Richest CelebritiesAuthors
Net Worth:
$30 Million
Oct 3, 1925 - Jul 31, 2012 (86 years old)
West Point
Writer, Novelist, Playwright, Screenwriter, Essayist, Actor, Journalist, Author, Politician
United States of America
­čĺ░ Compare Gore Vidal's Net Worth

What was Gore Vidal's Net Worth?

Gore Vidal was an American writer who had a net worth of $30 million at the time of his death in 2012. Gore Vidal was known for his witty, incisive works interrogating social and cultural mores throughout history. Among his best-known novels are "The City and the Pillar," "Julian," "Myra Breckinridge," and "Lincoln." Beyond his writing, Vidal was significantly involved in politics, and unsuccessfully ran for the US House of Representatives and the US Senate in 1960 and 1982, respectively.

As a political essayist, Vidal's primary subject matter was the history of the United States and societal issues. Over the years, his political and cultural essays were published in The Nation, the New Statesman, the New York Review of Books, and Esquire magazine. As a novelist, Gore Vidal explored the nature of corruption in public and private life. In his third novel, The City and the Pillar, he offended the sensibilities of conservative book reviewers with the introduction of a male homosexual relationship. In Myra Breckinridge, he explored the gender roles and sexual orientation as social constructs established by social mores. He was no stranger to political feuds throughout the years, including famous feuds with Truman Capote, William F Buckley, and Norman Mailer.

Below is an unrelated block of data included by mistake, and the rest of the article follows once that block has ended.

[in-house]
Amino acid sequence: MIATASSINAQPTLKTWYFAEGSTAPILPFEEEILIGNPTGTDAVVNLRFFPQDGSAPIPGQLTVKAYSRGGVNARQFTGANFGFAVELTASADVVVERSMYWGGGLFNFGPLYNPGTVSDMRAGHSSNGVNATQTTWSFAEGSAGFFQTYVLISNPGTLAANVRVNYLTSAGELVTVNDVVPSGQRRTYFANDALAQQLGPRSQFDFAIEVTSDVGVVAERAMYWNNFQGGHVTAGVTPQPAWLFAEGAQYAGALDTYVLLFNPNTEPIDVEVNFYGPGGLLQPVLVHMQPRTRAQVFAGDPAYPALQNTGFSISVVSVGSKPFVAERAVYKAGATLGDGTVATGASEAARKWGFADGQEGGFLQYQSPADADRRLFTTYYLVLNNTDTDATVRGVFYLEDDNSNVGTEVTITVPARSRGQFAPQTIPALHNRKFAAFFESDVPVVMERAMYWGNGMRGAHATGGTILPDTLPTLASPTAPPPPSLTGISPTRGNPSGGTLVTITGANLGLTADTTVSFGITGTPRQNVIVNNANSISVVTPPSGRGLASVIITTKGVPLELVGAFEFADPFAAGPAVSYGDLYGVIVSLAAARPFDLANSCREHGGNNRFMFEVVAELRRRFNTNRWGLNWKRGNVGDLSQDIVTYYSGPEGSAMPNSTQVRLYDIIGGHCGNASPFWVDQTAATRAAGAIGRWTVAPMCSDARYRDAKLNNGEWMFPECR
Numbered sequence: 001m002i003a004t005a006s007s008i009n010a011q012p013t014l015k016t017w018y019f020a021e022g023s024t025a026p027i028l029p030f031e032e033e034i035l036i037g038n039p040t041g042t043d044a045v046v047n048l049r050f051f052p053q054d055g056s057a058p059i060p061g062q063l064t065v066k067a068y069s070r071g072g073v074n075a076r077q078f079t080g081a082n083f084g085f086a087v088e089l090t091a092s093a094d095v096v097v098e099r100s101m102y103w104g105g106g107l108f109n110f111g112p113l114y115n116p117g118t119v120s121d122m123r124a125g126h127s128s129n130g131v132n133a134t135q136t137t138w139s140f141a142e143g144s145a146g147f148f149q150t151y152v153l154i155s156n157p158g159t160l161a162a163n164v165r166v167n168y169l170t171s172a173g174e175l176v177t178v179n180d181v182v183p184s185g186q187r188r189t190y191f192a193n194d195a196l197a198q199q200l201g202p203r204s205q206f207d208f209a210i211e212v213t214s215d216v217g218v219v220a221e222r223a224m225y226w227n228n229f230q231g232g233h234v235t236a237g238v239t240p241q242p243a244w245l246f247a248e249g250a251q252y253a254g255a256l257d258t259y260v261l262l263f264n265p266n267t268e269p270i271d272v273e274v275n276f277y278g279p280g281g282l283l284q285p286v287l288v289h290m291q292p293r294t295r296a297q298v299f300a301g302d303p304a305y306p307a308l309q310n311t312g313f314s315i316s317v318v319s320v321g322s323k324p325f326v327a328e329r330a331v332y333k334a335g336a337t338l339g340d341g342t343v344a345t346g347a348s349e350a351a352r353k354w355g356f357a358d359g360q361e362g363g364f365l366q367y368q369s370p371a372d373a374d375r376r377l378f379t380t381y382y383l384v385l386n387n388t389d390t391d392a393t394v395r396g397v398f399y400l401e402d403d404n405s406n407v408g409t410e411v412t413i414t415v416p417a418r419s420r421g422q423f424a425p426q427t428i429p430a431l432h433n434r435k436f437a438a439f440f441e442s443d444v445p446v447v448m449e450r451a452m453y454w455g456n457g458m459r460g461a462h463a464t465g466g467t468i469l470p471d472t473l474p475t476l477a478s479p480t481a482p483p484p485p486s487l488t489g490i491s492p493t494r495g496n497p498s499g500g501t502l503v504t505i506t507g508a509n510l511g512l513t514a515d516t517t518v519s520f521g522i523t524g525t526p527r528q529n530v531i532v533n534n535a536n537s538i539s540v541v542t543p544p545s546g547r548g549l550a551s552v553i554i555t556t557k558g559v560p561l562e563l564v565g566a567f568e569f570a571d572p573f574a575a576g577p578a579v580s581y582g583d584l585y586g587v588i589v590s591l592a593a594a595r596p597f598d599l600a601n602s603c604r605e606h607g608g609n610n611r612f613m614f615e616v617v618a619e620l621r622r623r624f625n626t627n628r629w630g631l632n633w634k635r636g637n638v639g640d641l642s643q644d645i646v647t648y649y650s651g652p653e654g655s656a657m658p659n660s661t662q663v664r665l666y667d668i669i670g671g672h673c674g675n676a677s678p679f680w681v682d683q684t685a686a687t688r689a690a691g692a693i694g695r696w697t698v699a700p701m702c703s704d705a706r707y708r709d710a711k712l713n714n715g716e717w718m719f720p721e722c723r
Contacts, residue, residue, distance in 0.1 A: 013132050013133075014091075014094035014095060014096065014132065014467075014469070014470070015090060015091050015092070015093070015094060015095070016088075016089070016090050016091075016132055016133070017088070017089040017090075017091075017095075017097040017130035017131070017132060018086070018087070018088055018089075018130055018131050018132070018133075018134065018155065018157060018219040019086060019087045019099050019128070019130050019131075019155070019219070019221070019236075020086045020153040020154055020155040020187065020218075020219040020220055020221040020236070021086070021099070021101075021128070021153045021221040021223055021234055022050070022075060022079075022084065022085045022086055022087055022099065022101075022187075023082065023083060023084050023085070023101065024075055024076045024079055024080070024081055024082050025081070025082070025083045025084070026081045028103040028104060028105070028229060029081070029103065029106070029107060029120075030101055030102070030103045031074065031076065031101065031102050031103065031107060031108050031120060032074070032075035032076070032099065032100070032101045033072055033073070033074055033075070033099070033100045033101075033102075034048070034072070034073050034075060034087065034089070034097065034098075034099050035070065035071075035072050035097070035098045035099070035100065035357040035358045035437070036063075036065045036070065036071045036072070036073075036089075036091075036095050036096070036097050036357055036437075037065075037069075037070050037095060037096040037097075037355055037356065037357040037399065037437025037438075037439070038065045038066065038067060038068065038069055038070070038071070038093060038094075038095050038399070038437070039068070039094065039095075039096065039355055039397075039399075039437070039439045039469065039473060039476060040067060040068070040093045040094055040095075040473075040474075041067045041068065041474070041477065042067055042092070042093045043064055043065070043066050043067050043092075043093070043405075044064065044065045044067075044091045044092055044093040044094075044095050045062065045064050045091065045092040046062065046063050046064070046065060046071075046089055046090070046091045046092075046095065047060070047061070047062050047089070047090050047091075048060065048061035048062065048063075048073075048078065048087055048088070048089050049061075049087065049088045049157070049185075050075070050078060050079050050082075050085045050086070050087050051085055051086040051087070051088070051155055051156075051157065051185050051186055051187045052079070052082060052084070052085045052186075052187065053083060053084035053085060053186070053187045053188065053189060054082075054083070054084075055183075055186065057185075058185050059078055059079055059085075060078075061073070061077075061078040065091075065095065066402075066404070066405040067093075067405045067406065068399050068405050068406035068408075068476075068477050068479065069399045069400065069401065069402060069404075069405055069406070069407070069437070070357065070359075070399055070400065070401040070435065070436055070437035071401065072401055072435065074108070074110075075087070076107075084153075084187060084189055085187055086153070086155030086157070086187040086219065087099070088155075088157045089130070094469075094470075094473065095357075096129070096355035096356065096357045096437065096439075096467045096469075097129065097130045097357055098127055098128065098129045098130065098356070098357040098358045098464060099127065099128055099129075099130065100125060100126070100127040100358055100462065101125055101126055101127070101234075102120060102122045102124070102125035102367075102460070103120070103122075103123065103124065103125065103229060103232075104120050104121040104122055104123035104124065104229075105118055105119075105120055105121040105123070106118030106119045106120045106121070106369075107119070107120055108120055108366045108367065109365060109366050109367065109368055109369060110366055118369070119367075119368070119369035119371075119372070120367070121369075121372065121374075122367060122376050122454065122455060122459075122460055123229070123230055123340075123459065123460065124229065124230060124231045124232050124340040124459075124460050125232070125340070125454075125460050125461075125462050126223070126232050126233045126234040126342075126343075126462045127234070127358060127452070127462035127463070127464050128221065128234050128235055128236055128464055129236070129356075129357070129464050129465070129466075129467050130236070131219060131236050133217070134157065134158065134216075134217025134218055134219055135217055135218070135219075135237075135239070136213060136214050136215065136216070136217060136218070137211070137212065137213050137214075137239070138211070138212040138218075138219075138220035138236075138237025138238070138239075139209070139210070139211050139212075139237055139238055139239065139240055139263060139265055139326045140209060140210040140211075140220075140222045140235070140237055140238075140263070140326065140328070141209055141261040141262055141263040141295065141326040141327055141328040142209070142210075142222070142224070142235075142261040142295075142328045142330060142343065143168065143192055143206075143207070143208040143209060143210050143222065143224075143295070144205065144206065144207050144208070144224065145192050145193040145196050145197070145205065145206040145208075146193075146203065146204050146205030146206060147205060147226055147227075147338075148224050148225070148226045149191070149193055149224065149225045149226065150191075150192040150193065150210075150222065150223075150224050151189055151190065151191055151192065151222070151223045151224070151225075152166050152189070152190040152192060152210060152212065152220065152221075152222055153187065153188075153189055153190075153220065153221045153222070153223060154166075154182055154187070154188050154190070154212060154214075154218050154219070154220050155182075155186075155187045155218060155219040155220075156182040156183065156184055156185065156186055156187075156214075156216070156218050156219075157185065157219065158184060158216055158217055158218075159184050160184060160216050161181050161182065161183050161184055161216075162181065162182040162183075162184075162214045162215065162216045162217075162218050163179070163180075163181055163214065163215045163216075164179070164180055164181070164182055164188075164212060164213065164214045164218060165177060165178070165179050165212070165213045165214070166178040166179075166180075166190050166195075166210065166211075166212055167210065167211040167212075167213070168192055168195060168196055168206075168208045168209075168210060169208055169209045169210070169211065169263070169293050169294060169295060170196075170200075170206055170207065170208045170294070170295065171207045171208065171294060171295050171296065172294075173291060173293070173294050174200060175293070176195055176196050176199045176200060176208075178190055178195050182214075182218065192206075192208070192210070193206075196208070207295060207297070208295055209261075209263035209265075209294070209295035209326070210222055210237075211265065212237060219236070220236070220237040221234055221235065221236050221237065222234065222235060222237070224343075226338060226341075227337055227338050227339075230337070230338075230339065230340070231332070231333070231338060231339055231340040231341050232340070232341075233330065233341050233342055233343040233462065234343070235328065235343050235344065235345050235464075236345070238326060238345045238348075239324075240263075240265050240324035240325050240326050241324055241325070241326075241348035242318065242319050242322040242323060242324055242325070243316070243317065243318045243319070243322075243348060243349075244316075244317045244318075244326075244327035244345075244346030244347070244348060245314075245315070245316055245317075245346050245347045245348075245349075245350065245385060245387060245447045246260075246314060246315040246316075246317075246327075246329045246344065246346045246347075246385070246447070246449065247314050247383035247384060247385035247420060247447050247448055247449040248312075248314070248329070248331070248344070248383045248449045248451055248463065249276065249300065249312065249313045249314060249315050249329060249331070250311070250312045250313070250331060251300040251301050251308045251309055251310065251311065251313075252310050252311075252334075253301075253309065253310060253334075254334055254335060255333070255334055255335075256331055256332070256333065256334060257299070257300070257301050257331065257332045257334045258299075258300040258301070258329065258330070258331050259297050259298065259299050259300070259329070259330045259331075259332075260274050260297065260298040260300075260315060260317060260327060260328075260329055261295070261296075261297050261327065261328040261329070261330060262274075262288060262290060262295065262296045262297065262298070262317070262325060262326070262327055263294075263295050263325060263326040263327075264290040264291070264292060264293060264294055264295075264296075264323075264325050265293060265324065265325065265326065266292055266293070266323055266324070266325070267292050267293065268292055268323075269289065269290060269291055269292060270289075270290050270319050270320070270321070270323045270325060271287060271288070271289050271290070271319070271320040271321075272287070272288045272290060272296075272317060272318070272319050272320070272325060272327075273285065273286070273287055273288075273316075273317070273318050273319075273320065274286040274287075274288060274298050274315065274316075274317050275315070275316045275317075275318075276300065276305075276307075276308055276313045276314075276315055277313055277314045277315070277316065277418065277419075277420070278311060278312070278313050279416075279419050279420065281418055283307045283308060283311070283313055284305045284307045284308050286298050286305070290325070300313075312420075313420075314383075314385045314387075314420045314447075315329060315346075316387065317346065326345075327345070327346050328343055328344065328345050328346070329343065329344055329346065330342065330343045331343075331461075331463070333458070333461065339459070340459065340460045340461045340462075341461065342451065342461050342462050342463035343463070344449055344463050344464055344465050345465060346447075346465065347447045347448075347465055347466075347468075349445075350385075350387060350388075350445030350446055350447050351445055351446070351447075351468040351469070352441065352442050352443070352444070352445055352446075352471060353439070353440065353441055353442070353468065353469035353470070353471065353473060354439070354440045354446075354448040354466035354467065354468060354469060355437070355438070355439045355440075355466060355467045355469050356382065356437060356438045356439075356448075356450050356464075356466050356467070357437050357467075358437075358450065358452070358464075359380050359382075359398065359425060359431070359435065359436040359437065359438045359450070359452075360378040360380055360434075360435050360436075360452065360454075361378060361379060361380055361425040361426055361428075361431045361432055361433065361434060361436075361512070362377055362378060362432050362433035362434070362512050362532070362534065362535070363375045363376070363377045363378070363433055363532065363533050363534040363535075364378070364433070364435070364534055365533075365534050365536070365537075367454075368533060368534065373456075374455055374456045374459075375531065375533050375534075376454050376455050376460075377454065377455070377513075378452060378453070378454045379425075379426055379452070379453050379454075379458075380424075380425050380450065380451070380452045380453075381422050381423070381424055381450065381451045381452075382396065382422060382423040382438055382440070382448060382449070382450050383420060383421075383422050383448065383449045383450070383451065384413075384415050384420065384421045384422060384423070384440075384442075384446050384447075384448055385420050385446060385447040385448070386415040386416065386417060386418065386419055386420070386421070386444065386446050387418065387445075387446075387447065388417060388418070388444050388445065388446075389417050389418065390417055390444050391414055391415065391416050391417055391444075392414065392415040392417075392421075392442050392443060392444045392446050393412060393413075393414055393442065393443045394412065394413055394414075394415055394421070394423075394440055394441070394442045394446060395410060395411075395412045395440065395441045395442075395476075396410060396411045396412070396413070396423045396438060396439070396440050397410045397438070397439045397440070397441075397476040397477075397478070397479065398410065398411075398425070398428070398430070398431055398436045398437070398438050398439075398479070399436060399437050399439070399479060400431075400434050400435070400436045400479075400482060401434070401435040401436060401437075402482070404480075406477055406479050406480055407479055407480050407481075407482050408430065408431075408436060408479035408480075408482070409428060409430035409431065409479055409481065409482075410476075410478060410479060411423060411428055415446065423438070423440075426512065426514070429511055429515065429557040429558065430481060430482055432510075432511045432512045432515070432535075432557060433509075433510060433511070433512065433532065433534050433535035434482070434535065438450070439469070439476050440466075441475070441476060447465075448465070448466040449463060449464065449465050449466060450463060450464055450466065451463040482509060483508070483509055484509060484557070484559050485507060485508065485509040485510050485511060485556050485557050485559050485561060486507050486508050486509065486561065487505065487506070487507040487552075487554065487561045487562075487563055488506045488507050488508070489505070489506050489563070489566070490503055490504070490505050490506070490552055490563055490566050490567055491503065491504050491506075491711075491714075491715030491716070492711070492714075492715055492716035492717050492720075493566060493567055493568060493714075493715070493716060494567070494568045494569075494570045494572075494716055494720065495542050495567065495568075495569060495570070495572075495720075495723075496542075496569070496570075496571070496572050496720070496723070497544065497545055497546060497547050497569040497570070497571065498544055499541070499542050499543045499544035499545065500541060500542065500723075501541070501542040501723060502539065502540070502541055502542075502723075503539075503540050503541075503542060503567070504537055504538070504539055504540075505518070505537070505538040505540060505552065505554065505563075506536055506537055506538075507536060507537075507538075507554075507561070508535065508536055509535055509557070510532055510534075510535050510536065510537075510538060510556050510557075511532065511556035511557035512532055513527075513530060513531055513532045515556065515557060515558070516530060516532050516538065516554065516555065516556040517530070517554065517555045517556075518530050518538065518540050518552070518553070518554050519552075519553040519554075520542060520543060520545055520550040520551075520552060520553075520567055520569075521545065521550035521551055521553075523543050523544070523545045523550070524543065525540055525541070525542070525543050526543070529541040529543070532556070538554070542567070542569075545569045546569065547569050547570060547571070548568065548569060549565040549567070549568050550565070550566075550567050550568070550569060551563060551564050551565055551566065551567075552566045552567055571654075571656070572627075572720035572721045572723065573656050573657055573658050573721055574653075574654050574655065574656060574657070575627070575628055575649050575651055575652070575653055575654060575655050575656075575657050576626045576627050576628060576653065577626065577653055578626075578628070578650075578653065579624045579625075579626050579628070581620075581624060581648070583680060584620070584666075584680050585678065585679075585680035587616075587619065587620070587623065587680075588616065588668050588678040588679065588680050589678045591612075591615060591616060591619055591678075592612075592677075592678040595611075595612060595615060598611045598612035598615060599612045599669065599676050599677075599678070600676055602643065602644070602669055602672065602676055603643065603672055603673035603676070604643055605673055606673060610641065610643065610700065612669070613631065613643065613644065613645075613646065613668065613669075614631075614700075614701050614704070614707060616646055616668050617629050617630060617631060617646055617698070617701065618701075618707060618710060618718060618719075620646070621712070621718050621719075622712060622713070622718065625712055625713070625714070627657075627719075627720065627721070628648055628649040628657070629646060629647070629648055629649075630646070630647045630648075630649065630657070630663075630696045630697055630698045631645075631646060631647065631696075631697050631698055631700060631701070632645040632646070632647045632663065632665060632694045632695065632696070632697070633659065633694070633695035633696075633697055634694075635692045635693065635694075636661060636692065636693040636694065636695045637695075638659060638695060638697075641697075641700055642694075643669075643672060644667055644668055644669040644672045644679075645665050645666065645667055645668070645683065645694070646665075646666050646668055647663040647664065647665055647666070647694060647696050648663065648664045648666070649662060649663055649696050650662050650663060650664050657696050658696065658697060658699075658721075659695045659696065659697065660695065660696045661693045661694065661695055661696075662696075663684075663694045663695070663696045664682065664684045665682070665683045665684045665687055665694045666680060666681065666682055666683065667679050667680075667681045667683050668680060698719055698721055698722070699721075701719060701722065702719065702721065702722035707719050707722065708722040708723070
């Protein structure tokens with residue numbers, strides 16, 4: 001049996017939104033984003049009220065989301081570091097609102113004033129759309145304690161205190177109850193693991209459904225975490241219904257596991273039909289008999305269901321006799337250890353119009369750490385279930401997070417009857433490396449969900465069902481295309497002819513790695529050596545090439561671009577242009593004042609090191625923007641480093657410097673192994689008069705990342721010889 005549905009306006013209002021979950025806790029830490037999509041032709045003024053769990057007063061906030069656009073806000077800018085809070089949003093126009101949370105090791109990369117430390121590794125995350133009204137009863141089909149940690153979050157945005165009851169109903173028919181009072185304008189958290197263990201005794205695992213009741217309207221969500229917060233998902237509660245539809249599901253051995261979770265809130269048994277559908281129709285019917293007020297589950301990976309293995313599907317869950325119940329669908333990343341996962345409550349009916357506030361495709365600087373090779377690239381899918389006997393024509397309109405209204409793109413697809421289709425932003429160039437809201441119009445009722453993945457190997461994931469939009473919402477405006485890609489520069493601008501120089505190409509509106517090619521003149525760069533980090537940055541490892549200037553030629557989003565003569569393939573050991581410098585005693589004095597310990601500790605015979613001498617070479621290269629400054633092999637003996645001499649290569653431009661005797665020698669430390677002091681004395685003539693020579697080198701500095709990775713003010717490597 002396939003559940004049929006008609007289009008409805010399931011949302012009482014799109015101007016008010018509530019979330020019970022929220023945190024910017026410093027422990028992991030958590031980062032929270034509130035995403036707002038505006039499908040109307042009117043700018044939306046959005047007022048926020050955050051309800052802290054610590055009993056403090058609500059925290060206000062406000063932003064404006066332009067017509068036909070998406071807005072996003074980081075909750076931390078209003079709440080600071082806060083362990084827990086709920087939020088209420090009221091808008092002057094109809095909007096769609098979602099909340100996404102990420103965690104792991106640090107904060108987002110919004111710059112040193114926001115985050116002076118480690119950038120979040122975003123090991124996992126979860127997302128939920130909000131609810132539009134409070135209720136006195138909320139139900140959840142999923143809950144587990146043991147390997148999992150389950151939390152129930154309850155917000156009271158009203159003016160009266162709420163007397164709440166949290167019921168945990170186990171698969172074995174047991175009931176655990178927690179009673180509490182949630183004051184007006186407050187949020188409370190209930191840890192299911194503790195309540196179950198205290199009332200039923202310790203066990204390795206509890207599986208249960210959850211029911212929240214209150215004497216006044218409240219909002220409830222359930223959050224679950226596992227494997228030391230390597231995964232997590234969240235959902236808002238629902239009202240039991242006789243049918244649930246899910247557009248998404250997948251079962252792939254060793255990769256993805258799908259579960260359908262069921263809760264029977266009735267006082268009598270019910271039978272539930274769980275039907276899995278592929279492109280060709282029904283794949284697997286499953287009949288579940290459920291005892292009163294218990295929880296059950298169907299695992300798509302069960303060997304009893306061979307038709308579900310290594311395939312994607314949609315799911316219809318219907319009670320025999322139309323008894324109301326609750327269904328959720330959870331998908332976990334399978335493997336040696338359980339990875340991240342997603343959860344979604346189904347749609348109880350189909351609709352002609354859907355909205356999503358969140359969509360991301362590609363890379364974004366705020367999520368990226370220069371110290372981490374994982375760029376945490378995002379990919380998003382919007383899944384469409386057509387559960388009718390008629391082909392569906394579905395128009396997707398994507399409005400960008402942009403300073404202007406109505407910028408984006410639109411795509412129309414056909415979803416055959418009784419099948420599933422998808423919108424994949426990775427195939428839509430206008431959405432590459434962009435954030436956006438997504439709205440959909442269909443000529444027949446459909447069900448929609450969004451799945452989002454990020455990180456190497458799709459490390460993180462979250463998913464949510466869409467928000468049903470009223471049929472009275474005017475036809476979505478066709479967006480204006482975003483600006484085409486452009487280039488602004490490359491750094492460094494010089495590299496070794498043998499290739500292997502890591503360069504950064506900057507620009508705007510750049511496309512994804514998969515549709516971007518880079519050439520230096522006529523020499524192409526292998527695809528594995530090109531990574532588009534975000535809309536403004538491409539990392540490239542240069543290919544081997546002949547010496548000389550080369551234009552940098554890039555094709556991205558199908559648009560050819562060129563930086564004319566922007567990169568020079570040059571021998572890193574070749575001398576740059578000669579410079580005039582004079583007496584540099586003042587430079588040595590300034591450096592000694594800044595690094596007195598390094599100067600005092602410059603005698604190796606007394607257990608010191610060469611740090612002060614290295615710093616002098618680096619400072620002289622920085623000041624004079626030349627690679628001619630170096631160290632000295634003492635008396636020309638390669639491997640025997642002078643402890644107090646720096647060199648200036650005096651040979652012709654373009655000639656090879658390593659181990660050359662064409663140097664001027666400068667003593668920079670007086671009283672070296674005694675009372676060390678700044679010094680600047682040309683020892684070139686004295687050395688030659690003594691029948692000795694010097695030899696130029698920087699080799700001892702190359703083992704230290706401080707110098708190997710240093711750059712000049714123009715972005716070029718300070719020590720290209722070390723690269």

He was briefly engaged to actress, Joanne Woodward, prior to her marrying Paul Newman, and had a rumored affair with Anais Nin. In 1950, Gore Vidal met Howard Austen, the man who became his life partner for 53 years. He said that the secret to his long relationship with Austen was that they did not have sex with each other. Reportedly, later in life, Gore Vidal suffered alcoholic encephalopathy, derived from the illness "Wernicke-Korsakoff, a syndrome characterized by a number of symptoms, including confusion and hallucinations. It was rumored that in the last nine years of his life, Vidal drank to excess, especially after the death of Austen in 2003. On July 31, 2012 Gore Vidal died at the age of 86 in the Hollywood Hills.

Early Life and Education

Gore Vidal was born as Eugene Vidal on October 3, 1925 in West Point, New York at the cadet hospital of the US Military Academy, where his father, Army officer and athlete Eugene Sr., was serving as the inaugural aeronautics instructor. His mother was socialite and actress Nina Gore, who divorced his father in 1935. The subsequent marriages of Vidal's parents resulted in nine half-siblings.

Raised in Washington, DC, Vidal attended Sidwell Friends School and St. Albans School; he was baptized by the headmaster of the latter when he was 13. Vidal subsequently attended the Los Alamos Ranch School in New Mexico before transferring to Phillips Exeter Academy in New Hampshire. Instead of going to college, he enlisted in the US Army when he was 17 and worked as an office clerk in the USAAF. Vidal later became a maritime warrant officer in the Transportation Corps, and after that was a first mate of an Army freight and supply ship in the Aleutian Islands.